Lucie Bouvier abandoned her work as a paralegal to focus on her home-based store

Eclectic little shops have big success

They’re miles away from Main Street and the shopping malls, making a living doing the things they love.

They’re miles away from Main Street and the shopping malls, making a living doing the things they love.

The basement of a farmhouse, a former guest cabin and an old general store are among the destination points for shoppers and artisans heading out to the country to find little somethings that they can’t buy anywhere else.

Lucie Bouvier’s venture, Carlos Little Bead Store, developed from her passion for designing and making jewelery.

Kim Neudorf-Armstrong and her husband, Murray Armstrong have turned the former Lucas General Store in the hamlet of Leslieville into a more eclectic mercantile where she trades items like lampshades and bracelets made of china teacups, scarves, jewelery and “shabby chique” furniture pieces repurposed by Red Deer-based Dented Can.

It was supposed to be a weekend hobby. However, 3 Ladies and their Stuff quickly grew legs, becoming a full-time retail venture where Kim can mind the store at the same time she is minding the active two-year-old who was born just before it was ready to open.

On a heavily wooded hill in between the other two stores, Brigitte Hofer has converted the cabin first built for bed and breakfast guests into a retail outlet for the pottery, photographs, photo frames, woolens and hand-made soap produced in the two studios on her property, Coyote Ridge Farm.

Getting people in is a matter of getting the word out, say all three women.

Bouvier says she learned from her marketing courses in Quebec that advertising is important, especially during a recession.

But things are different now than they were in the mid-1980s, she says.

Today, social media provide some of the best tools for drawing people into the store, says Bouvier, who uses blogs, Facebook and Skype to promote her business.

She also attends one or two public markets each year and advertises in local newspapers. She has cut back on some of the newspaper advertising for now, however, so she can save money to have a sign placed on Hwy 11, 29 kilometres to the south.

The most established of the three stores, Bouvier’s store was opened in 2009, about five years after she and her husband, Perry, built a new house on their farm in the Carlos district, about 20 kilometres north of Leslieville.

She had been working on jewelery design in her office on the main floor and collected about $15,000 in inventory when she decided to branch out and start teaching some of her techniques.

The Carlos Little Bead Store is not so little any more, occupying most of the ground level and carrying an inventory that’s well beyond $15,000.

Without revealing her annual profits, Bouvier says she has number of part-time staff and makes enough money that she is required to collect GST.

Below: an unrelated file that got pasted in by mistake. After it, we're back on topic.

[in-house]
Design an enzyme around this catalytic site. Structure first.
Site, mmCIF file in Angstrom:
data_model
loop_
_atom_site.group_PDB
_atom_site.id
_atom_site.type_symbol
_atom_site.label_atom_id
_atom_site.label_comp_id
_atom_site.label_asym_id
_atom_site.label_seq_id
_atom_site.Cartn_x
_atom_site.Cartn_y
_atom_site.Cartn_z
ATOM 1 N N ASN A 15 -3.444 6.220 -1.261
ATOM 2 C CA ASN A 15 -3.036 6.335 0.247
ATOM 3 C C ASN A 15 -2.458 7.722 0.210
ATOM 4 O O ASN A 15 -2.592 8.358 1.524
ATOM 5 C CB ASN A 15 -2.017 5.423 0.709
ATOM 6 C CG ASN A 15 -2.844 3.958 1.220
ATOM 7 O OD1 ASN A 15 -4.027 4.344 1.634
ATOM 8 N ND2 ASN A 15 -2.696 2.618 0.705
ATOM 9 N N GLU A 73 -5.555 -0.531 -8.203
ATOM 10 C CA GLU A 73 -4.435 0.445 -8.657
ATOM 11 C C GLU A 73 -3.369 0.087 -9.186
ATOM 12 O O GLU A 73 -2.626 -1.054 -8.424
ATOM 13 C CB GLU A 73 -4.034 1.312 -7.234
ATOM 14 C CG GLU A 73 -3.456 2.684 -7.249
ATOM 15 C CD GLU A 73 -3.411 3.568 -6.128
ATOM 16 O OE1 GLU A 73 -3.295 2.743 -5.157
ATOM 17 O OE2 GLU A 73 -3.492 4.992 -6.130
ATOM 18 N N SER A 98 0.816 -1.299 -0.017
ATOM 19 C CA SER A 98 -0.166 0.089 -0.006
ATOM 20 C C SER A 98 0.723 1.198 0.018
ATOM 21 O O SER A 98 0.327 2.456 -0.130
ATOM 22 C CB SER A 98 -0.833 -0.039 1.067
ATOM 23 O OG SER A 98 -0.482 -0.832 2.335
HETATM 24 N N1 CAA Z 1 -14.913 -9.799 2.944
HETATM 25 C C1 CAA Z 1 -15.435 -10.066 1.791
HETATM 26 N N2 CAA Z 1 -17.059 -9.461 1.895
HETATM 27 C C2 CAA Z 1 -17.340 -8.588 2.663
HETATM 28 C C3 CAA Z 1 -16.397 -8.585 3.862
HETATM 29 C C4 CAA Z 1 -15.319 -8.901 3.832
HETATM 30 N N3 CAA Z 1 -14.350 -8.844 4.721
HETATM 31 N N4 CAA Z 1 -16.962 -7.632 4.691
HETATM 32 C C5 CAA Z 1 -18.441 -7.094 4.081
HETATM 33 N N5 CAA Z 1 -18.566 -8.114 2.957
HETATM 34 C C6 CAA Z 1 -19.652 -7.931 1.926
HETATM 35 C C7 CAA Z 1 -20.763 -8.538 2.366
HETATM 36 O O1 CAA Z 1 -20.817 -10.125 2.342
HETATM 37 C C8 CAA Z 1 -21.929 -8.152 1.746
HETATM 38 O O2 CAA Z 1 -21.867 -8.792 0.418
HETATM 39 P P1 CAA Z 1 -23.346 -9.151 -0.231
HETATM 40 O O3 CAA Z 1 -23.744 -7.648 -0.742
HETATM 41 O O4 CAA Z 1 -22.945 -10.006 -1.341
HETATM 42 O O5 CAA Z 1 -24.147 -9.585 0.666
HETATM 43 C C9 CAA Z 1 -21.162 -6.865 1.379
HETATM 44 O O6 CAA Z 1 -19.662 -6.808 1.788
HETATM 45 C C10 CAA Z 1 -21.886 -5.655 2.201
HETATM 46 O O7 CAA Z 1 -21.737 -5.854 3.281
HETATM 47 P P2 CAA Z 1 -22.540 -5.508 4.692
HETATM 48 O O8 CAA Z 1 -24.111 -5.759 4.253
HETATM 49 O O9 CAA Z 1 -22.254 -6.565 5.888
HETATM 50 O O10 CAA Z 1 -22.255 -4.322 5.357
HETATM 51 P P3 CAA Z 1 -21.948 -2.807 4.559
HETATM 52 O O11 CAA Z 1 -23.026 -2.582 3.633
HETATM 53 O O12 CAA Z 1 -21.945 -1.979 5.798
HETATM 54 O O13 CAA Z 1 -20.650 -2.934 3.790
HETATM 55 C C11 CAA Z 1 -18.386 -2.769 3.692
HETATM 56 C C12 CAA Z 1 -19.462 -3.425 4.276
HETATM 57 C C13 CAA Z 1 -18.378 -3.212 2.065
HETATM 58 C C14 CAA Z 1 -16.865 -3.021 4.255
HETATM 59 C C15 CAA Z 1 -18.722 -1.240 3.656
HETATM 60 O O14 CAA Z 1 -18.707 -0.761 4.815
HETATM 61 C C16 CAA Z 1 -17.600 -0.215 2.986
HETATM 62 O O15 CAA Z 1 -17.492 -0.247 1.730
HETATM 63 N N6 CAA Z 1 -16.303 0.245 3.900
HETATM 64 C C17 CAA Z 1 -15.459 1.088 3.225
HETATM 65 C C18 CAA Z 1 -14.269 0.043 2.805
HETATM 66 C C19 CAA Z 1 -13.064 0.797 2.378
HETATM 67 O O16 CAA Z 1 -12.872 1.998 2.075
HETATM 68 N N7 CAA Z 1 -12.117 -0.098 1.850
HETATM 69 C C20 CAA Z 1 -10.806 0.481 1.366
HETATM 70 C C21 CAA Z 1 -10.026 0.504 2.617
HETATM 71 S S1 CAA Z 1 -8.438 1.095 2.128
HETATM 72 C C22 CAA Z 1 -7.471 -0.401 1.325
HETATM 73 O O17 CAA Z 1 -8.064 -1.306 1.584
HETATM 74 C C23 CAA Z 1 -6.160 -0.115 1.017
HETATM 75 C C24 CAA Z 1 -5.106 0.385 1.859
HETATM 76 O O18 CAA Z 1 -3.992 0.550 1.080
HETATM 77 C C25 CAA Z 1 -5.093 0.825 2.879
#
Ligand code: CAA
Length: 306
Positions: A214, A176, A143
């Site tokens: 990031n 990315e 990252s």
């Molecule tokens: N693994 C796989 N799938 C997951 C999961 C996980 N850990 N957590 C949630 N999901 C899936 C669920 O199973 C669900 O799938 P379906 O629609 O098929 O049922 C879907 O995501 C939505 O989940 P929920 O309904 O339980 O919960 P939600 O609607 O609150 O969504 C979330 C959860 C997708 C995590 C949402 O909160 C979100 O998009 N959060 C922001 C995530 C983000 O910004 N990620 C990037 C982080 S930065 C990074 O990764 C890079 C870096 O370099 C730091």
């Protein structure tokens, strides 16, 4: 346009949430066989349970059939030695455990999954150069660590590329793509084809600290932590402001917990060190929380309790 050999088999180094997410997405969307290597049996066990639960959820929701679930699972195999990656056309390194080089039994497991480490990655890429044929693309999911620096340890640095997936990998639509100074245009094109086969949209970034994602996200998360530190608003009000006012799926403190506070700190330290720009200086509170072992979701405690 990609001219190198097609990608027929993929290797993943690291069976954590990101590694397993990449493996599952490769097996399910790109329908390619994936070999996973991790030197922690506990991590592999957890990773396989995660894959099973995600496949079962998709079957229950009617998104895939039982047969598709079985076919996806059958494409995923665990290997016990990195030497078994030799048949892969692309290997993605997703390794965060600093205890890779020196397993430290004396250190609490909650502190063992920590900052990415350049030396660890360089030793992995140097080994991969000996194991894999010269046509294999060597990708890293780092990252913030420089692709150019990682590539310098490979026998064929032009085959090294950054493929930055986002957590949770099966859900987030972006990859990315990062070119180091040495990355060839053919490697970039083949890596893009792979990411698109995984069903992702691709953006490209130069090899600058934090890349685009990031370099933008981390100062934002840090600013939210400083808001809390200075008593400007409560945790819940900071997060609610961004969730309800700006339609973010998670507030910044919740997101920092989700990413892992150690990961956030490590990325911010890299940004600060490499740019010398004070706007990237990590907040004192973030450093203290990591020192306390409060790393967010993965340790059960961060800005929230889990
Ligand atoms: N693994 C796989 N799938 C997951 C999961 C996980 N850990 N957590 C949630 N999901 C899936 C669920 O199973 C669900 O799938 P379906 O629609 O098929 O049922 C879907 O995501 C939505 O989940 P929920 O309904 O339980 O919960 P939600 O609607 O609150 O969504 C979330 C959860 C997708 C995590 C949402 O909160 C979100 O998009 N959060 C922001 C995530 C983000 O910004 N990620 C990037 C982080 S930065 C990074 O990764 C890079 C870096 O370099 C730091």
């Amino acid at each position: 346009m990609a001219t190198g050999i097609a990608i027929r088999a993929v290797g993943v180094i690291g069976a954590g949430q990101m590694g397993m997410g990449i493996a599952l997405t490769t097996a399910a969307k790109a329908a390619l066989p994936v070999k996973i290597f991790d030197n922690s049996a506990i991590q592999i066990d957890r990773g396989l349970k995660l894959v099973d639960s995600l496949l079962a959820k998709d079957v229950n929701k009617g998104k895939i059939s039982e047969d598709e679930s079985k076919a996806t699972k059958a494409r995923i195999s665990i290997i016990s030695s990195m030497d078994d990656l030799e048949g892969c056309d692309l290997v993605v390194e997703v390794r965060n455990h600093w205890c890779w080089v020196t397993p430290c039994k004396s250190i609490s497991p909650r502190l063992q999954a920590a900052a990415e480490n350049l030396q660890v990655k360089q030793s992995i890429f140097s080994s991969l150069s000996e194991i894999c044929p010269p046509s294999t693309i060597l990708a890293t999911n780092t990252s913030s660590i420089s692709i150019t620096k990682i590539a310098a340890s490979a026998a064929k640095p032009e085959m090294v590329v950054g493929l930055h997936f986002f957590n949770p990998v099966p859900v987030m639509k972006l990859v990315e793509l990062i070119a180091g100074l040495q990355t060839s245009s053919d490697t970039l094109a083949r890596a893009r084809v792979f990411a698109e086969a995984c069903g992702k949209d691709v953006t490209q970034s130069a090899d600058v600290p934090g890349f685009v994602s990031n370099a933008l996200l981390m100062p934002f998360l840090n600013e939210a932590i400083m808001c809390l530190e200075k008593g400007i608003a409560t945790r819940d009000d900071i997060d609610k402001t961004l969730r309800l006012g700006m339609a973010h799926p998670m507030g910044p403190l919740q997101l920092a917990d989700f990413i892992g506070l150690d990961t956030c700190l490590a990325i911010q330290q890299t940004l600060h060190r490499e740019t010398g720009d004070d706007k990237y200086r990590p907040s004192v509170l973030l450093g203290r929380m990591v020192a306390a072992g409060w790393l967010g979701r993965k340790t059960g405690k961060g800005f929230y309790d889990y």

A couple of corners and a hill away, Hofer is in the early stages of a similar program on the store she opened last November, just in time to catch the Christmas rush.

It’s been good, although it’s still a bit slow, says Hofer, who can’t imagine ever being so busy that she would to collect GST.

She advertises locally and maintains a small display in a secondhand book store in Rocky Mountain House.

With no mortgage or loans to worry about, Hofer says the store just needs to make enough money to help her pay her bills so she can stay at home and work on her creations or play her violin. It gives her far more flexibility than she had with the bed and breakfast.

“I just need variety,” says Hofer.

A few kilometres south of Coyote Ridge, on what’s left of Leslieville’s once thriving Main Street, Neudorf-Armstrong revels in a childhood dream.

She had started building an inventory of do-dads and what-nots when she was a teenager, hoping some day to have a store of her own.

“It was originally going to be just for fun, because how busy is it going to be in Leslieville?”

It turned out that the store was busy enough to warrant Kim putting all of her efforts into the shop. An additional advantage is that she can bring her son to work rather than dropping him off at a day care.

She agrees with Bouvier about the impact of social media and word of mouth, including a message she got two years ago from a friend who had gone to Mexico for spring break.

“I had not been open for three days and she sends me a message on Facebook: ‘You are not going to believe it. I’m lying on the beach and these people beside me start talking about this little shop where they’re from called 3 Ladies and Their Stuff.’ She says, ‘Kim, it’s a groovy world.’”

Neudorf-Armstrong said her store is now getting people in from Red Deer every day, estimating that she gets new customers on four of every five of the days she’s open.

Along with social media and word of mouth, Neudorf-Armstrong and her husband, Murray, have organized public markets from time to time, closing off the street so local vendors can open for business.

The markets are good for the store and they help local entrepreneurs put their goods out in public, says Neudorf-Armstrong. She has planned more markets in the future, including a second-anniversary market at the end of March and a street market during Leslieville Antique Days, held on the August long weekend.

She also attends markets, does a little picking from time to time and goes to major trade shows, hunting for eclectic items and ideas for her store.

“People love destination shopping, and that, I think, is what’s important,” says Neudorf-Armstrong.

“I couldn’t afford to have this business in a mall. It’s what I love and my kid comes with me every day.”

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